"I want to grow bigger than my suppliers," declares Mr. B. A. Kodandarama Setty, managing director of Viveks, India's largest consumer durable chain. He is not day dreaming. It has happened elsewhere in the world and Mr. Setty wants to replicate it with 200 showrooms…
…And signs of that happening are visible now. Firstly, the Rs. 140-crore turnover retail group (consisting of Viveks Rs 108 crore and its subsidiary, Jainsons, with a Rs. 32 crore turnover) is targeting to achieve a combined turnover of Rs. 220 crore this fiscal. The figure is higher than the turnover of some smaller consumer durable companies.
Secondly, the Viveks chain commands better faith and brand equity than that of the brands it sells. It is common to hear, "I bought a new television at Viveks," omitting to mention the brand name.
So how does Mr. Setty intend to achieve his ambition? Expansion is the one word he has been breathing since1995 when Vivek & Co. became a public limited company. Between 1965-1995, the company owned just three showrooms. The number went up to 16 by 2000.
But what gave Mr. Setty a vision of big growth was the takeover of Jainsons, a competing chain with 14 showrooms, in 1999 for an undisclosed sum.
The Jainsons acquisition gave Mr. Setty an immediate presence in small towns in Tamil Nadu, apart from eight showrooms in Chennai. The reason for keeping two chains, instead of merging them into one, he says, is that "the customer profile and brand equity of the two chains are different". Soon after the takeover, four more showrooms were opened under the Jainsons fold in Tamil Nadu.
According to him, Jainsons will be confined to Tamil Nadu while showrooms under the brand Viveks will be opened in all southern states, before going national. "First I have to become the regional king. Only then, I can think about marching towards the west and north," he remarks. Adds Mr. B. A. Srinivas, director of the company and Mr. Setty's brother, "By this March, we should have about 40 stores."
The economic liberalisation and the resultant growth of the consumer durables industry gave the necessary impetus for Viveks' expansion. According to a study conducted by CII-McKinsey & Co, the consumer durables market grew from Rs. 12,000 crore in 1995 to Rs. 20,000 crore by the end of 1999.
And so did competition for Vivek. According to Mr. Setty, there are around 200 consumer durable outlets in Chennai alone and 8,500 stores in the country. The CII-McKinsey study estimates that traditional dealers do 75-82 per cent of the consumer durable sale. The study further states that organised retail chains and company showrooms account for less than 5 per cent with street markets contributing the balance.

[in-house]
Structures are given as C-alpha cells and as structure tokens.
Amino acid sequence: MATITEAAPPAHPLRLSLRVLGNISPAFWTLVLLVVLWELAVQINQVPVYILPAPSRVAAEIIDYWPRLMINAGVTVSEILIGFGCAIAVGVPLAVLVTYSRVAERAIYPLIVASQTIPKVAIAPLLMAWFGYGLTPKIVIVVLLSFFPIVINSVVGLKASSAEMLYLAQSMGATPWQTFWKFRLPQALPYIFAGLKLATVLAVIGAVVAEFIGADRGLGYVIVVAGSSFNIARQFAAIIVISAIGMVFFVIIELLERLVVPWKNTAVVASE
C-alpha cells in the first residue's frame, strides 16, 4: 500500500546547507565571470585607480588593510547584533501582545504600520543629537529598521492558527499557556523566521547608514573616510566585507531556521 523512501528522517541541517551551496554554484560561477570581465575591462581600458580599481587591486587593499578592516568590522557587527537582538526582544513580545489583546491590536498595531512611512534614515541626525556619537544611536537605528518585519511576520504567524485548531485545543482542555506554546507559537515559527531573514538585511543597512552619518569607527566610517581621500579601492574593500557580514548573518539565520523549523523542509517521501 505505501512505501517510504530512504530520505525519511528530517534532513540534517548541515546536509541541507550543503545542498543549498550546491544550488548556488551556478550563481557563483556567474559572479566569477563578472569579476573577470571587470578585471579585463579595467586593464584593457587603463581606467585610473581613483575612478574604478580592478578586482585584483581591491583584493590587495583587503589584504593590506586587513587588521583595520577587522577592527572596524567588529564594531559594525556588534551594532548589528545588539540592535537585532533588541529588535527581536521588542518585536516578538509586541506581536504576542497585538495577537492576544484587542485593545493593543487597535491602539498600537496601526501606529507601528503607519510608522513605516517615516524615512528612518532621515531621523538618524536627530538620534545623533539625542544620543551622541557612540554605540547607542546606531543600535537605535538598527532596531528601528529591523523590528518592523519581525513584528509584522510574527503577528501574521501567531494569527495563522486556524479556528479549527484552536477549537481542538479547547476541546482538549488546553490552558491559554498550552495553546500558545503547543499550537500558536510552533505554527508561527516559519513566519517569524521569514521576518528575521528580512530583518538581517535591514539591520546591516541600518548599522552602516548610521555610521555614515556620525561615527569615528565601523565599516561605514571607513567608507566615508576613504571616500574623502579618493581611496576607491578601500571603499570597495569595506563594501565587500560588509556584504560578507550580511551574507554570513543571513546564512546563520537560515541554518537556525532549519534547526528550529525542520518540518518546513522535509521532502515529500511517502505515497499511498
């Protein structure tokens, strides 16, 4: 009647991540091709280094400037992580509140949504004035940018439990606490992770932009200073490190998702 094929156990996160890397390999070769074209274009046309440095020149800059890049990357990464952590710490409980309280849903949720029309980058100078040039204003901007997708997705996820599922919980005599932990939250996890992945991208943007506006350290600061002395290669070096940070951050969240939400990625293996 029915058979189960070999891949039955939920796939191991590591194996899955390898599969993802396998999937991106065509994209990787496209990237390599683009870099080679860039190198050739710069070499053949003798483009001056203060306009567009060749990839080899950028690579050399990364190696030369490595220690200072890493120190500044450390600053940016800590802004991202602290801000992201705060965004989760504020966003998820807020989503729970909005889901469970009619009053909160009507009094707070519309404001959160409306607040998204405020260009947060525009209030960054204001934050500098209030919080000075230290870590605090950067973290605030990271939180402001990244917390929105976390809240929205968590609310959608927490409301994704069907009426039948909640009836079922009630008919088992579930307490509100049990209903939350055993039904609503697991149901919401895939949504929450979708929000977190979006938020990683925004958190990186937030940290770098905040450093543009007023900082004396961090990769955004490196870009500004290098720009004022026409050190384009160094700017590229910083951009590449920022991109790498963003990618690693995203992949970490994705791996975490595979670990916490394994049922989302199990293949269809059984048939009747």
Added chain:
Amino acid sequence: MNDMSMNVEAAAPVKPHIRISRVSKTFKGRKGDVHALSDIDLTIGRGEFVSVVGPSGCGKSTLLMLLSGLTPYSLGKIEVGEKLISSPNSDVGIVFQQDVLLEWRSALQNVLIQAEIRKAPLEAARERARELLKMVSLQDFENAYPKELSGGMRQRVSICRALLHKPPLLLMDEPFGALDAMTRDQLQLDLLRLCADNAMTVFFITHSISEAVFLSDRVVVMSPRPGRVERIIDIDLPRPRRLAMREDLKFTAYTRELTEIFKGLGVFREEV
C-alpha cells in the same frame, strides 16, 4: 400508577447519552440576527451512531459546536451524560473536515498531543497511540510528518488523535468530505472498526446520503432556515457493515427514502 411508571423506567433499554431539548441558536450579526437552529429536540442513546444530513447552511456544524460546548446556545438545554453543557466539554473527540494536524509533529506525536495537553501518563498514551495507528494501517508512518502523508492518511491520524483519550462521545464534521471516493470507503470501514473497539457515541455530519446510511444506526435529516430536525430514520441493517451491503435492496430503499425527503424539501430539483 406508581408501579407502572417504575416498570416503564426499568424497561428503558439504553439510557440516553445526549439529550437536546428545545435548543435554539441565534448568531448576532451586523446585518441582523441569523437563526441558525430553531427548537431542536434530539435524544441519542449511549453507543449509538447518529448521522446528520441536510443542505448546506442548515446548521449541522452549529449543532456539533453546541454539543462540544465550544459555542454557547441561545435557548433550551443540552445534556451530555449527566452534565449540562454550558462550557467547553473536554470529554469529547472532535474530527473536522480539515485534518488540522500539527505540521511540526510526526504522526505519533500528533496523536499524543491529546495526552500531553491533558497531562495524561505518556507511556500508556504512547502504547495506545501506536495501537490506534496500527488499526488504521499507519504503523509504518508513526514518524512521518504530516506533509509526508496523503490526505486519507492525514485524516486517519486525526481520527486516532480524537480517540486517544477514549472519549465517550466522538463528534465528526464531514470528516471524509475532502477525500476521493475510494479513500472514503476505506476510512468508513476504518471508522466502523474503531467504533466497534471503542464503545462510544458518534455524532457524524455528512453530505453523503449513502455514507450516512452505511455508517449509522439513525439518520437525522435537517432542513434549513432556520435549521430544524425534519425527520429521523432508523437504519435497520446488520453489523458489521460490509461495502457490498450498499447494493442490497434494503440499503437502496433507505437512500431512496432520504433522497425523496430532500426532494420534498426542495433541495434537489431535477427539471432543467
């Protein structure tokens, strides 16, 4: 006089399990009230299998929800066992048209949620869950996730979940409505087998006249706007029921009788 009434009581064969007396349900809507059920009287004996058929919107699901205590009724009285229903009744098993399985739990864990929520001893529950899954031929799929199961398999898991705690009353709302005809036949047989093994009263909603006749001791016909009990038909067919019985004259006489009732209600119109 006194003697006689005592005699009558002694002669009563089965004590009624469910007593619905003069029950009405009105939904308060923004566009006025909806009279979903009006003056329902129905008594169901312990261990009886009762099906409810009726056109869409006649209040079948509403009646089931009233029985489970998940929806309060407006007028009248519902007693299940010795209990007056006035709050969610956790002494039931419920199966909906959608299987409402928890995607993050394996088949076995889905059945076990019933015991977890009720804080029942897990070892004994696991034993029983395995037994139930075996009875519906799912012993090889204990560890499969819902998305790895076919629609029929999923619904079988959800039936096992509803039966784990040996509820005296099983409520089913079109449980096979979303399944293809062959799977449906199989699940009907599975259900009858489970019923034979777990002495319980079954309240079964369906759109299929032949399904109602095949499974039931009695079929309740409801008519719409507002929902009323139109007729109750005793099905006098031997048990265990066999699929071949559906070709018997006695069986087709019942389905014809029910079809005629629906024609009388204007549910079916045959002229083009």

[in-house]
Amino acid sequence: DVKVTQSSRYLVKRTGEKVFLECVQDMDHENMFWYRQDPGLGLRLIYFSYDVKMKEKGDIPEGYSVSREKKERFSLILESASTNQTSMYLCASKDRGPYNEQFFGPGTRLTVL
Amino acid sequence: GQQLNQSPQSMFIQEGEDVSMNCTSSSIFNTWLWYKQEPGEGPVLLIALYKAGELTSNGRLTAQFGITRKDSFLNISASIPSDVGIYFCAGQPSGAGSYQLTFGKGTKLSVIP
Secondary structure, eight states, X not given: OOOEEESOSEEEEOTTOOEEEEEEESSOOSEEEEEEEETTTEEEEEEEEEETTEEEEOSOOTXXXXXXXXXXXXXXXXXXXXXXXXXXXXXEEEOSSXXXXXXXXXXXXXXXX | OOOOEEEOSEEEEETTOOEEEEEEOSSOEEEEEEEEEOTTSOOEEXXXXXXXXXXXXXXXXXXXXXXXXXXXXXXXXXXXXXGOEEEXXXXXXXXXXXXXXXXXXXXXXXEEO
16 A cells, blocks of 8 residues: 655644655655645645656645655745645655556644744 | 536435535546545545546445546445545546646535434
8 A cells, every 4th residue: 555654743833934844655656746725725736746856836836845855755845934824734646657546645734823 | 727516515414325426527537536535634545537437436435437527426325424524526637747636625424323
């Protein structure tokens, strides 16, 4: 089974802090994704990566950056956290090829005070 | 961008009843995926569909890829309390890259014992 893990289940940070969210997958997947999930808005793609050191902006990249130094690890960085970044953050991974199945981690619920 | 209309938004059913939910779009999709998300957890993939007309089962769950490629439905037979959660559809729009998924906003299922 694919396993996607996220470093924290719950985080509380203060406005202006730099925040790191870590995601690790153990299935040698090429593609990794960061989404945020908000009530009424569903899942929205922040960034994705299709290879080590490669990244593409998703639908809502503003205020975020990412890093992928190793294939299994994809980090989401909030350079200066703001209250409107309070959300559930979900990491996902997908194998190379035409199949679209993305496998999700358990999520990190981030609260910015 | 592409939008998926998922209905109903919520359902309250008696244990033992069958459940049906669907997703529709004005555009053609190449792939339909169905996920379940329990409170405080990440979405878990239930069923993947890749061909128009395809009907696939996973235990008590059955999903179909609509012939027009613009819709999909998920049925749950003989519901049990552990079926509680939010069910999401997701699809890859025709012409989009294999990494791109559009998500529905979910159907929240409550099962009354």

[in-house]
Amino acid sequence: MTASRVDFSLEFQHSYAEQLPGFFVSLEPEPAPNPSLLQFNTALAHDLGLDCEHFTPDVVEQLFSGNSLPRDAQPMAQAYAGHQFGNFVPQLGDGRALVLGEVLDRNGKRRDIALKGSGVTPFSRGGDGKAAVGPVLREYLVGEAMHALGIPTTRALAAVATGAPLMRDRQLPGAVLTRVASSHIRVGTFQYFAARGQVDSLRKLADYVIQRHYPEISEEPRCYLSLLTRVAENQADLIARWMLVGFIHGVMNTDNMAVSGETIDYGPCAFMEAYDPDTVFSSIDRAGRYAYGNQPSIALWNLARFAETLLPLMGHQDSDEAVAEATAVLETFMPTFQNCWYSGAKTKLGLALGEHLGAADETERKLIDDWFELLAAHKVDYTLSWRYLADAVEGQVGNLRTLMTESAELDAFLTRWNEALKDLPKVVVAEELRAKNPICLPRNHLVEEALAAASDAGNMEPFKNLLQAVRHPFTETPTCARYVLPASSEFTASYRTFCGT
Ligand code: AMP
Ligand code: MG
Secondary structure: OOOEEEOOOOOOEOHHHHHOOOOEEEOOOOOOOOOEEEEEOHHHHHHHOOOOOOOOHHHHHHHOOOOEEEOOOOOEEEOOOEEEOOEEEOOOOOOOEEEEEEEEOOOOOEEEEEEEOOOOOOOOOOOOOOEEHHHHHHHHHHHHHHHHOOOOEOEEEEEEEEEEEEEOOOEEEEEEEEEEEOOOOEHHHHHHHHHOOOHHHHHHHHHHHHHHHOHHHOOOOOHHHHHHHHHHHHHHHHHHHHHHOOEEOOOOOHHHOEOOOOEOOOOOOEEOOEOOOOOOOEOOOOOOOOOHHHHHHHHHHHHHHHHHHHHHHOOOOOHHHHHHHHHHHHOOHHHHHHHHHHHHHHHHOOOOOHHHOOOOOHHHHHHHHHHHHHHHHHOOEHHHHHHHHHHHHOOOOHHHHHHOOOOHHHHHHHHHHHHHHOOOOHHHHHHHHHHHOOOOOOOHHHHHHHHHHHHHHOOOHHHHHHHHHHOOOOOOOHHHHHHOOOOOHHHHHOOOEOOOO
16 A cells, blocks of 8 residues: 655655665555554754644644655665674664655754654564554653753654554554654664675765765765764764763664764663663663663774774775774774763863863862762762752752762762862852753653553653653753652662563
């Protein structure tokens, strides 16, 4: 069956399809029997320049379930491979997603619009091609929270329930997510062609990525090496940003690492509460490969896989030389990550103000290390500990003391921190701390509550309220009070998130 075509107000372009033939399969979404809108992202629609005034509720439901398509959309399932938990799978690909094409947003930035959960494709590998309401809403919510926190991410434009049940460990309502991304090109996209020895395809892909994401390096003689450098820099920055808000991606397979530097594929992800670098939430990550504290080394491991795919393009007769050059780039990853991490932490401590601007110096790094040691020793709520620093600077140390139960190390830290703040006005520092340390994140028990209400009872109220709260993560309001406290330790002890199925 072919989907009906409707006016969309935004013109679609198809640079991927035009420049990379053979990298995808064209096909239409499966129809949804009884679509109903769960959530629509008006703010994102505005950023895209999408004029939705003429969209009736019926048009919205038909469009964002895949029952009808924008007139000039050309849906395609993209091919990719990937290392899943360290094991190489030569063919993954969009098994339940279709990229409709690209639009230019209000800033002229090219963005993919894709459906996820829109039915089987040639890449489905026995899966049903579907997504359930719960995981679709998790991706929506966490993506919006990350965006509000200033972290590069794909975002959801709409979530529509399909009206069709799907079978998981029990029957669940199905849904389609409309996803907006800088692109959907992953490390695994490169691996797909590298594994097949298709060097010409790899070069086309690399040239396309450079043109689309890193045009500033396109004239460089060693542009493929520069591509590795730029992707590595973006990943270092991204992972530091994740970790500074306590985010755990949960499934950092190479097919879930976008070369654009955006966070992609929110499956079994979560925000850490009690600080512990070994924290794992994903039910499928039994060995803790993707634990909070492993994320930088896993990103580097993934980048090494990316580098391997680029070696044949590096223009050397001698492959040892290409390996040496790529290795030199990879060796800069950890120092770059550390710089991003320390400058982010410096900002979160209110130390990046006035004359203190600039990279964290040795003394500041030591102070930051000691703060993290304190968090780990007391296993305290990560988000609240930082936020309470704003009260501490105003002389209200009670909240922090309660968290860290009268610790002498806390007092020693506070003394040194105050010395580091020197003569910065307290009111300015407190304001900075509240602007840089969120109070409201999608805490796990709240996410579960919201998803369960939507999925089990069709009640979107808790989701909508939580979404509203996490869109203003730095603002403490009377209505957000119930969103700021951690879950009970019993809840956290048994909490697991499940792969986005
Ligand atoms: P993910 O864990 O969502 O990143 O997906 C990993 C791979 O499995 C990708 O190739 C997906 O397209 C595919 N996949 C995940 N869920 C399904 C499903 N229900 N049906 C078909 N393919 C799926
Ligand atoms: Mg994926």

However, the proliferation of consumer durable brands is squeezing the small dealers as they lack the financial muscle to stock all brands. This, in turn, augurs well for retail chains like Viveks, Jainsons, Vasanth & Co, Chennai and Vijay Sales, Mumbai.
The acquisition of Jainsons gave Viveks a good bargaining power with its 75 suppliers. "It centralised the sourcing and availed of cash discount," remarks Mr. Srinivas. Further, the increased competition amongst suppliers resulted in better margins for Viveks. This hastened the breakeven point of each new showroom. According to Mr. J. Ramanan, director, finance, the outlay per store remained around Rs. 50 lakh while the brand building cost increased manifold with the expansion.
The strategy being followed by Mr. Setty now is to capture market share in one particular city/town and then branch out to other places. Having one showroom in each city is not the success recipe, he feels. In Chennai, Viveks has a market share of 17 per cent, 6 per cent in the rest of Tamil Nadu and 8 per cent in Bangalore.
Product-wise in the Chennai market, Viveks commands 10 per cent of the television market, 15 per cent and 18 per cent of the refrigerator and washing machine markets. However, the inventory cycle time is around 30 days.
With its presence in all major cities/towns in Tamil Nadu through its two chains and with five showrooms under Viveks' name in Bangalore, Mr. Setty is now setting his foot in Andhra Pradesh by opening one showroom each in Hyderabad, Vizag and Vijayawada.
The target of 200 showrooms will be achieved through the franchisee route by rewarding high performers with a license. But before embarking on that, the company has to streamline its supply chain management and investments have been made in IT systems.
With a sizeable number of showrooms, the next plan for Vivek is introducing store brands. "We will do it for kitchen equipment and other items like iron box and water heater, etc.," remarks Mr. Srinivas. "Our investments will be in packaging and promotion," adds Mr. Ramanan.